# Primes in generalized fibonacci sequences

In C. McMullen's Uniformly Diophantine numbers in a fixed real quadratic field generalized Fibonacci sequence are defined as follows:

$f_0=0,f_1=1,f_m=tf_{m-1}-nf_{m-2}$ where some fixed $t\in \mathbb Z$ and $n$ is $+1$ or $-1$ and $t^2-4n>0$. For example, for $t=1,n=-1$ we get the usual Fibonacci sequence.

My question: Does there exist $t,n$ such that the resulting Fibonacci sequence has infinitely primes in it? I think that it is conjectured to hold for the usual Fibonacci sequence. A weaker assertion: Does there exist $t,n$ such that the resulting Fibonacci has infinitely many elements with a large prime divisor, e.g., infinitely many $m$'s such that $p_m|f_m$, $p_m$ prime and $\frac{p_m}{f_m}>C$ for some C>0?

A related paper (which does not contain any answer to the above questions) is (By Y. Bugeaud F. Luca, M. Mignotte et S. Siksek) On Fibonacci numbers with few prime divisors.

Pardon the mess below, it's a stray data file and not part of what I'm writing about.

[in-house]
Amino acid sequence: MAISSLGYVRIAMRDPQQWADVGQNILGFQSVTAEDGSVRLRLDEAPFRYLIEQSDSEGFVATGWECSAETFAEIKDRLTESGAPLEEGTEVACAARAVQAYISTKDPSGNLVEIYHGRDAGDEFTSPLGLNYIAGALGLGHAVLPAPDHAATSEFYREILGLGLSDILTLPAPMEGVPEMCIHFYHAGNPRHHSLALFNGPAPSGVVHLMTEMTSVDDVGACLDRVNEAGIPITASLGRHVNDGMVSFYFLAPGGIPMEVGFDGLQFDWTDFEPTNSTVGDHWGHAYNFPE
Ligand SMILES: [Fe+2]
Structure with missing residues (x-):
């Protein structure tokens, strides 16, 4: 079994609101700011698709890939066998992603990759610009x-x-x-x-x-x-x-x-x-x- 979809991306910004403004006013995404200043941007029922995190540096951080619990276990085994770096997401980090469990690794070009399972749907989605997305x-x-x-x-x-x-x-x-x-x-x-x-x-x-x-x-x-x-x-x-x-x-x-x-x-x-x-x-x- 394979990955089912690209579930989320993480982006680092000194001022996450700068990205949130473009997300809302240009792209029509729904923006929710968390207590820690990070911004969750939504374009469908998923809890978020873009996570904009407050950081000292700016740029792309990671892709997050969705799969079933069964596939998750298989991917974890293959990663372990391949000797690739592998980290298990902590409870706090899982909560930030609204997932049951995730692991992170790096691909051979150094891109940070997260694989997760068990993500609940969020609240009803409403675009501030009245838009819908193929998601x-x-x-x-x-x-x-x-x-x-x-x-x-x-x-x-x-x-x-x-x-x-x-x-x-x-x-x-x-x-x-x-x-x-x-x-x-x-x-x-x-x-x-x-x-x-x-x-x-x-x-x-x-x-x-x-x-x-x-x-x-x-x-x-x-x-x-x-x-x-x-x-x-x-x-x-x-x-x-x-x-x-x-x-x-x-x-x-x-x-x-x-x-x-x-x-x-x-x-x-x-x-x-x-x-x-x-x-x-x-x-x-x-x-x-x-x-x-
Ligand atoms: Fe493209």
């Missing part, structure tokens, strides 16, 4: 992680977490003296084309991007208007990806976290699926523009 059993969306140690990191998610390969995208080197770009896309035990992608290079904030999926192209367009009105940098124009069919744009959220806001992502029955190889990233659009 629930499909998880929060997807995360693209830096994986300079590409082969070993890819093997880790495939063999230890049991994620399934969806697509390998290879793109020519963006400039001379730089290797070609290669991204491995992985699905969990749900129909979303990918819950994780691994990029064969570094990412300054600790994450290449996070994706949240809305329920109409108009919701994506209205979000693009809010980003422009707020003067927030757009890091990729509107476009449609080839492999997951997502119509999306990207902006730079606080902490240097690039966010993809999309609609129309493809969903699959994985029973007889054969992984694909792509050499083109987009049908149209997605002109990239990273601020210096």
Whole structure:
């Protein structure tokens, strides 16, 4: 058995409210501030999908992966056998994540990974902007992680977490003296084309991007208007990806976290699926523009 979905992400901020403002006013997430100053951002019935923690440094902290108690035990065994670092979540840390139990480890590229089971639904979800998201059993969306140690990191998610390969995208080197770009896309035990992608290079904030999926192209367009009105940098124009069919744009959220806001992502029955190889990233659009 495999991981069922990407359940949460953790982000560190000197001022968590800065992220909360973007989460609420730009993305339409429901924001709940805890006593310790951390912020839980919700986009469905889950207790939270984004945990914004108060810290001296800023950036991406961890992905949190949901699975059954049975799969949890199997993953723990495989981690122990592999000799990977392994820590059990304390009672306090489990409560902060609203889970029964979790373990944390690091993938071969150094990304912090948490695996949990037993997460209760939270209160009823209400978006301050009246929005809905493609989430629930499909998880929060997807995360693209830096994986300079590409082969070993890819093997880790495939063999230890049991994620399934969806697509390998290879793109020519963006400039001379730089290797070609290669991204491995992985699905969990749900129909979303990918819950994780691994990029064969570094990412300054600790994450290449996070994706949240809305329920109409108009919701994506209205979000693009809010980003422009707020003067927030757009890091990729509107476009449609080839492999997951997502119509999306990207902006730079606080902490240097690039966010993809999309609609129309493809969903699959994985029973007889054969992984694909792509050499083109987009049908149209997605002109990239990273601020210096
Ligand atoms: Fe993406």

I'll be happy to know about any reference that deal with these generalized sequences.

• I'm not sure that the weaker assertion is much easier, since it comes down to asking if there are infinitely many terms of the form $f_m=p_ms$ with s in some fixed finite set (rather than just {1}). If you had asked for $\log(p_m)/\log(f_m)>0.99$ that would be easier. Nov 26, 2011 at 18:58
• @Charles: note that I wrote e.g. after "large prime divisor" - your concept of large is also very interesting; I'll be very happy to hear any thought on how to approach it. Nov 27, 2011 at 9:27

a)Binet-type formula, which, apart from special cases like $t=2, n=1$ mentioned by Robert Israel, give exponential growth.
b)According to Wikipedia, the $m$-th term divides the $mk$-th term, so only those with prime indices have a chance to be prime.
Try $t=2$, $n=1$ where $f_m = m$.
• @Robert: thanks for your answer. As in Mcmullen's article my motivation is about sequences with $t^2-4n>0$ (which is now changed above). Nov 27, 2011 at 9:37